MySQL (#mysql) currently comes bundled with yaSSL to provide an option for SSL/TLS connections when using a database. A patch for securing MySQL with the wolfSSL embedded SSL/TLS library is available for MySQL version 8.0.0 here https://github.com/wolfSSL/mysql-patch.
Along with an increased level of security comes the potential to use progressive features offered by wolfSSL – such as TLS 1.3 and ChaCha20 / Poly1305 AEAD cipher suites (ex: ECDHE-RSA-CHACHA20-POLY1305). Another great feature is that wolfSSL cryptography is FIPS 140-2 validated! The change from yaSSL to wolfSSL will fit nicely into both Open Source and commercial applications, as it is dual licensed under both GPLv2 and standard commercial license terms.
For more information about the port, or to provide us feedback, contact us at [email protected]!
wolfMQTT v0.14 has been released (11/22/17) and includes fixes for non-blocking operation, improved error handling with TLS, fixes for GCC 7 warnings and updates to the Visual Studio projects.
wolfSSL will be at the IoT Tech Expo (Nov 29-30, 2017) in Santa Clara at the convention center. If you are attending please visit our booth #196 and say hello. Our MQTT expert David Garske will be available to answer questions.
wolfMQTT v0.14 Release Notes:
- Fixed non-blocking connect to check for `EINPROGRESS` for all platforms (not just Harmony).
- Fixed buffer overflow position check on read/write.
- Fixed typo on internal packet function `MqttDecode_ConnectAck`.
- Fixed the socket close for Harmony to use `closesocket`.
- Fixed non-blocking connect where `WOLFMQTT_NO_STDIO` is defined.
- Fixed GCC 7’s new fall-through check.
- Added check for EAGAIN in non-blocking mode (was only EWOULDBLOCK).
- Added non-blocking support for write operations when `WOLFMQTT_NONBLOCK` is defined.
- Added support for DH and setting the default minimum key bits.
- Added support for keep-alive ping when using non-blocking mode.
- Improvements to example TLS callback handling of return code failures.
- Improvements and fixes to Visual Studio projects.
- Enhancement to adjust wolfSSL options.h include based on `WOLFSSL_USER_SETTINGS`.
You can download the latest release here: https://www.wolfssl.com/download/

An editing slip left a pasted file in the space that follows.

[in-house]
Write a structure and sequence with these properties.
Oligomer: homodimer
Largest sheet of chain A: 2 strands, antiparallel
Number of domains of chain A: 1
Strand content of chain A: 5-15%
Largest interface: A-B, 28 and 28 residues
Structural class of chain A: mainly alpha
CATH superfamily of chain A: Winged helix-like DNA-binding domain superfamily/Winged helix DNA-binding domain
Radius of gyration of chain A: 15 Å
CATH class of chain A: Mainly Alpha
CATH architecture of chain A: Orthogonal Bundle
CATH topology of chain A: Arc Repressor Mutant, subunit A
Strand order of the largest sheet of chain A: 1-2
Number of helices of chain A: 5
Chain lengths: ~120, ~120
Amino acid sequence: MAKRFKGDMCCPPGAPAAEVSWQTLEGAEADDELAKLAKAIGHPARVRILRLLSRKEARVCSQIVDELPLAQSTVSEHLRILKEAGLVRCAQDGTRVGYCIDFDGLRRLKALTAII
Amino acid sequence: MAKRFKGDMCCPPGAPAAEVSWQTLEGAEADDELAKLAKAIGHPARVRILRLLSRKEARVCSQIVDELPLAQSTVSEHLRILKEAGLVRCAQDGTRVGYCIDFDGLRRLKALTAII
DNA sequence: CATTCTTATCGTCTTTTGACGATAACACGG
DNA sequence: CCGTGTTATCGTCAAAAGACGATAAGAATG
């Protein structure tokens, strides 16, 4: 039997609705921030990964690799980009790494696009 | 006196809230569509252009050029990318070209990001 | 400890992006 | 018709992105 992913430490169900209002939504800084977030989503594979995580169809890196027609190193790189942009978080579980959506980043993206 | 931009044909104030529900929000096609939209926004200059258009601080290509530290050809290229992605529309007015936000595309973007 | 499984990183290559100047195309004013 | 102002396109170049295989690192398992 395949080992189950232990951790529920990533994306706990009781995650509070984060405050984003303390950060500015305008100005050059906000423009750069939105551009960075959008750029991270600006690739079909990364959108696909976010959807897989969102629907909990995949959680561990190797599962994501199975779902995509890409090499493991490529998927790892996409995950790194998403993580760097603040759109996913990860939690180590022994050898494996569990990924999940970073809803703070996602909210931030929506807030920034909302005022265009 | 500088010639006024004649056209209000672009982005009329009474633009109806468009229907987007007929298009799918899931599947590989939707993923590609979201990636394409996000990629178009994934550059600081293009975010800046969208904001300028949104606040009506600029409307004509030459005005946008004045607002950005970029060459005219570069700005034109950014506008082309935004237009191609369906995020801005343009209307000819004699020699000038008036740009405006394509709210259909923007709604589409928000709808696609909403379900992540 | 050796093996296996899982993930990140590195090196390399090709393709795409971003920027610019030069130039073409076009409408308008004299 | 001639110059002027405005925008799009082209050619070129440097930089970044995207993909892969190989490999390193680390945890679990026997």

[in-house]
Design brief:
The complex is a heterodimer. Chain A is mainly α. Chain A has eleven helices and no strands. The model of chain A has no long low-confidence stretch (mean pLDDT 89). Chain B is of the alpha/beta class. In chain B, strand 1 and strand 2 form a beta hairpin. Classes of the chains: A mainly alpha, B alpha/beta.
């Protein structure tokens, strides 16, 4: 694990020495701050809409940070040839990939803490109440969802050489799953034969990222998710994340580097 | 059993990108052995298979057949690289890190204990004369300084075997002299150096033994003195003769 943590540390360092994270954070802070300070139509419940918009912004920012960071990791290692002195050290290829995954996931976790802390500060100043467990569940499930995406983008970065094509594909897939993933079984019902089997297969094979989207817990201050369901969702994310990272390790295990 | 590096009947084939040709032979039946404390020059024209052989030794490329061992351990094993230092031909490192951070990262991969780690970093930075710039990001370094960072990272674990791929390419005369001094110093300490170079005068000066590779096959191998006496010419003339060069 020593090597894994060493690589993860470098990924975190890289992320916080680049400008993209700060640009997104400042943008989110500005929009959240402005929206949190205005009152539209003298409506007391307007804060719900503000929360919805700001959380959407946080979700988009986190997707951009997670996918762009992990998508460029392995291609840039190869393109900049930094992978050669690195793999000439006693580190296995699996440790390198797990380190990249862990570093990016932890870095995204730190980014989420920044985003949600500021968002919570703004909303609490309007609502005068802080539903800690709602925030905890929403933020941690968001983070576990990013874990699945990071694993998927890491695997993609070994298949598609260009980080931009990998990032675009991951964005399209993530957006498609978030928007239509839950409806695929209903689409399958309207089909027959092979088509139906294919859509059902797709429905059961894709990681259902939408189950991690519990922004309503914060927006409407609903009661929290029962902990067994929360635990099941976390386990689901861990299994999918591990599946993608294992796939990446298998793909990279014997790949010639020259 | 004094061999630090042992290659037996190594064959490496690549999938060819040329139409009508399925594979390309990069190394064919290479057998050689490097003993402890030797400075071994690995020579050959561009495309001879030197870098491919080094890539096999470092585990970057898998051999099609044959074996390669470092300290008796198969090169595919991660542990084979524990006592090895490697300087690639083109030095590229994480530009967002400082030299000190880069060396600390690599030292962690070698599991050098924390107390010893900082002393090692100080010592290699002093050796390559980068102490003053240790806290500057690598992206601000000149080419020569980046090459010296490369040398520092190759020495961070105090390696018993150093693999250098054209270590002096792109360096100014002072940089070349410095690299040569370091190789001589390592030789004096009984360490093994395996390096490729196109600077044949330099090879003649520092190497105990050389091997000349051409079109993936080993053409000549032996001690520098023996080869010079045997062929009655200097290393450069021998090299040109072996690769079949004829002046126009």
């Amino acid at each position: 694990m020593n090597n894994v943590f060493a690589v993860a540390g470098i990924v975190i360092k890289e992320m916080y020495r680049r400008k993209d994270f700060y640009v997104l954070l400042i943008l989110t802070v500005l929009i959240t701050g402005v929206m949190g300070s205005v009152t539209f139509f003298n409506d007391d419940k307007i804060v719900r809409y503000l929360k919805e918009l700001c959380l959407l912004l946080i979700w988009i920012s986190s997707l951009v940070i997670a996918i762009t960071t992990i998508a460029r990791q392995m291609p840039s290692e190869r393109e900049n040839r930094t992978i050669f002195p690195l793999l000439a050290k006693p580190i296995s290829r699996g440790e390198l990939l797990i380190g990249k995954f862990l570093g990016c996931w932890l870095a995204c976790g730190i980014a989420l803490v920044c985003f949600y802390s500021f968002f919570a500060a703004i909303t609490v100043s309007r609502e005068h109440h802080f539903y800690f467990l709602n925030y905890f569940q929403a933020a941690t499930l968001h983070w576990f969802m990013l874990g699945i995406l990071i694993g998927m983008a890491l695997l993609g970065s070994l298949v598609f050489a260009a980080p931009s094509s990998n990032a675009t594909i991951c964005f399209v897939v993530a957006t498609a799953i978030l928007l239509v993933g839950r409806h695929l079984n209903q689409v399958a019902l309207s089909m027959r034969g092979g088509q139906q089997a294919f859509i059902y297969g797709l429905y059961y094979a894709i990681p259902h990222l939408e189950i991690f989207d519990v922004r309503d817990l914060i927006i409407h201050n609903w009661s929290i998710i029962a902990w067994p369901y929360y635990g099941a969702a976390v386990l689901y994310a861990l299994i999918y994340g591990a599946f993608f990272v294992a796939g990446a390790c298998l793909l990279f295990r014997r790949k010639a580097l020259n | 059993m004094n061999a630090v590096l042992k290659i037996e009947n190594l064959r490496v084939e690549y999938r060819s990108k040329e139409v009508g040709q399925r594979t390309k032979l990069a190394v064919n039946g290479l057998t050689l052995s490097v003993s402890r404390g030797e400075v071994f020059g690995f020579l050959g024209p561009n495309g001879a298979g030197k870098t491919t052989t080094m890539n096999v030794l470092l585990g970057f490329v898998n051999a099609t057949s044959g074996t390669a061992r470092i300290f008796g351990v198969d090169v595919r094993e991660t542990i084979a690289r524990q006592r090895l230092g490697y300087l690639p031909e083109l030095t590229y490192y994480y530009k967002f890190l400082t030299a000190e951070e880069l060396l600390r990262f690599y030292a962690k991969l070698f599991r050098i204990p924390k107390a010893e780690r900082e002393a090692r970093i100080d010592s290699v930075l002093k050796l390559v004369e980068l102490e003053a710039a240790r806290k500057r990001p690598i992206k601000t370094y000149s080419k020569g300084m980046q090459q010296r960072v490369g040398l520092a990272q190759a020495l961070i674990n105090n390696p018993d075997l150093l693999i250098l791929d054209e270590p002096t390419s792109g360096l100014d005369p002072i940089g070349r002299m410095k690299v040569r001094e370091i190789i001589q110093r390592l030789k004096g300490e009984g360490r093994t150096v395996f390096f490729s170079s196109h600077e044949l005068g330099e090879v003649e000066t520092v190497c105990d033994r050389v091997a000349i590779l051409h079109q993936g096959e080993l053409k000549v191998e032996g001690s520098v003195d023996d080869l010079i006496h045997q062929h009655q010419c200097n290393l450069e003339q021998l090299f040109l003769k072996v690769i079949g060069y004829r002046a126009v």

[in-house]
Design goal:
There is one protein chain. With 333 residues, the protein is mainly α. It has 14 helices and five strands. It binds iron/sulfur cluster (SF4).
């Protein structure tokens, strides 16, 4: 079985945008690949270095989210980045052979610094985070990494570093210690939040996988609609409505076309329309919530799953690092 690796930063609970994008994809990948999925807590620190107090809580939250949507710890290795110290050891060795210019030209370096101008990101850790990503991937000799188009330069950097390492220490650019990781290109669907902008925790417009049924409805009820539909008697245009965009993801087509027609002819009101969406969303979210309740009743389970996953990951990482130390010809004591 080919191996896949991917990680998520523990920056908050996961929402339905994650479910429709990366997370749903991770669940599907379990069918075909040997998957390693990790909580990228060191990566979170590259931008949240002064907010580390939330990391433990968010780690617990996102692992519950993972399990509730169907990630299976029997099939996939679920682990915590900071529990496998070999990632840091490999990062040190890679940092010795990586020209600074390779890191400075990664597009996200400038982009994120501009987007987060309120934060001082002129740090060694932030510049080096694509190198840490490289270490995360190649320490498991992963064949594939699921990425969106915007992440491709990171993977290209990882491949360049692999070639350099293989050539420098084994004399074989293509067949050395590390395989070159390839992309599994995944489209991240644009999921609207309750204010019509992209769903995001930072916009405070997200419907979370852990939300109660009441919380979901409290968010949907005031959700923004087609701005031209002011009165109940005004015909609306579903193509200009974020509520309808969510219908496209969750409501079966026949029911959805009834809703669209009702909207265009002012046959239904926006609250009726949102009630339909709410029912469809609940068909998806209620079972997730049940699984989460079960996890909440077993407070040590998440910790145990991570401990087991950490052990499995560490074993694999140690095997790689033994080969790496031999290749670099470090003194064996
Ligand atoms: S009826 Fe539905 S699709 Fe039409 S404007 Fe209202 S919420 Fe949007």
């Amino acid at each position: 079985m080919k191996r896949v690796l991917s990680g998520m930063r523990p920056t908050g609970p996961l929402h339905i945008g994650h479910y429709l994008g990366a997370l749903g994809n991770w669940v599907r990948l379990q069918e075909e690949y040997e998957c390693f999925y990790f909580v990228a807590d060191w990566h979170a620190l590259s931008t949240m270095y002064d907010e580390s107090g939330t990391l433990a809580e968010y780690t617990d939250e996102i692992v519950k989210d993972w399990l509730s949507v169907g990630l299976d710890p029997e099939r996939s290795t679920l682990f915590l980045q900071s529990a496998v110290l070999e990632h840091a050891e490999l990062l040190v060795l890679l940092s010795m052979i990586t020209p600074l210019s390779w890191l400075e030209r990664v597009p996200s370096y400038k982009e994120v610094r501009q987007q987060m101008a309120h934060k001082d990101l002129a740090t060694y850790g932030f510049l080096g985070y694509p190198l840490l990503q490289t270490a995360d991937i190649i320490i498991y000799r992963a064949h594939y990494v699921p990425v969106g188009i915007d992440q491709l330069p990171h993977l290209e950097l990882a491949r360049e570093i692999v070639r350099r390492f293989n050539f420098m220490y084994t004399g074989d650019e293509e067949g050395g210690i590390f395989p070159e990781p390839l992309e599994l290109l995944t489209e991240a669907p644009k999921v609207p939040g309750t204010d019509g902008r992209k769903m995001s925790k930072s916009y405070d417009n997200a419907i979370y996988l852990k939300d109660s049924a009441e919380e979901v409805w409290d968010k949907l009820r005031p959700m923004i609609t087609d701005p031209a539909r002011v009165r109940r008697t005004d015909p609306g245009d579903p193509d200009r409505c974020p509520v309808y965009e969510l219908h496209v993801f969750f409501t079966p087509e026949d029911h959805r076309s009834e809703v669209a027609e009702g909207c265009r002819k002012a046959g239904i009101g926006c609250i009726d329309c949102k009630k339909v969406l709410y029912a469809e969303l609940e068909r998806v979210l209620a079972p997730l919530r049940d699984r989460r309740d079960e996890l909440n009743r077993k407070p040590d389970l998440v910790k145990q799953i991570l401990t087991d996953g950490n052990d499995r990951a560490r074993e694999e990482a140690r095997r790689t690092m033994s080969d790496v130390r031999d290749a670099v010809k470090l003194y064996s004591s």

For questions please email us at [email protected]
wolfSSL will be exhibiting at the IoT North America Expo this week in Santa Clara, CA. The event runs November 29-30, 2017 and is held at the Santa Clara Convention Center in Silicon Valley. wolfSSL will be exhibiting in Stand 196. We’ll be talking about securing IoT and resource-constrained devices with the wolfSSL lightweight SSL/TLS library, wolfMQTT client library, wolfCrypt cryptography library, and wolfSSH server.
For those of you who are not familiar with the IoT Expo, from the conference site:
The World’s Largest IoT Event Series will bring together key industries from across America for 2 days of top level content and discussion. Introducing and exploring the latest innovations within the Internet of Things and covering Manufacturing, Transport, Health, Logistics, Government, Energy and Automotive, this conference is not to be missed.
If you would like to schedule an on-site meeting with wolfSSL, please let us know at [email protected]
The TLS v1.3 specification has been evolving over the year and is close to being finalized. Recently the code changes required to support Draft 21 were added to wolfSSL.
Most browsers and servers on the Internet are stuck on Draft 18. This maximizes interoperability and allows for collection of error rate statistics. wolfSSL is able to be compiled to support TLS v1.3 Draft 18 but also the latest draft version. The Draft 21 changes were quite minor but introduced one wire protocol change: a per-ticket nonce.
Resumption in TLS v1.3 is performed with session tickets. The ticket contains enough information to indicate to the server which session is being resumed. Most often the ticket contains self-encrypted session information. Alternatively, the ticket can be a reference into a session database that identifies the client.
Note that in previous drafts, on resumption, the Resumption Master Secret (RMS) from the original connection is used as the Pre-Shared Key (PSK). The PSK is used to derive the secrets for the new handshake. Therefore all handshakes resumed from the same ticket will have the same secrets unless (EC)DH is used.
Draft 21 adds a nonce to the NewSessionTicket message that is used, with the RMS, to securely derive a unique PSK for a resumption handshake. Multiple single-use resumption tickets can now be sent with the same database reference but a different nonce and be deleted on use. Each resumption ticket produces unique secrets and provides forward-secrecy protection if a PSK is compromised.
As noted above, there are not many other implementations of Draft 21 out there. Client and server interoperability testing with OpenSSL though was performed to ensure compatibility.
Most handshakes performed will be by resumption where possible as they are faster than a full handshake. Improving resumption security therefore is a big plus and makes using the latest updates of wolfSSL a must.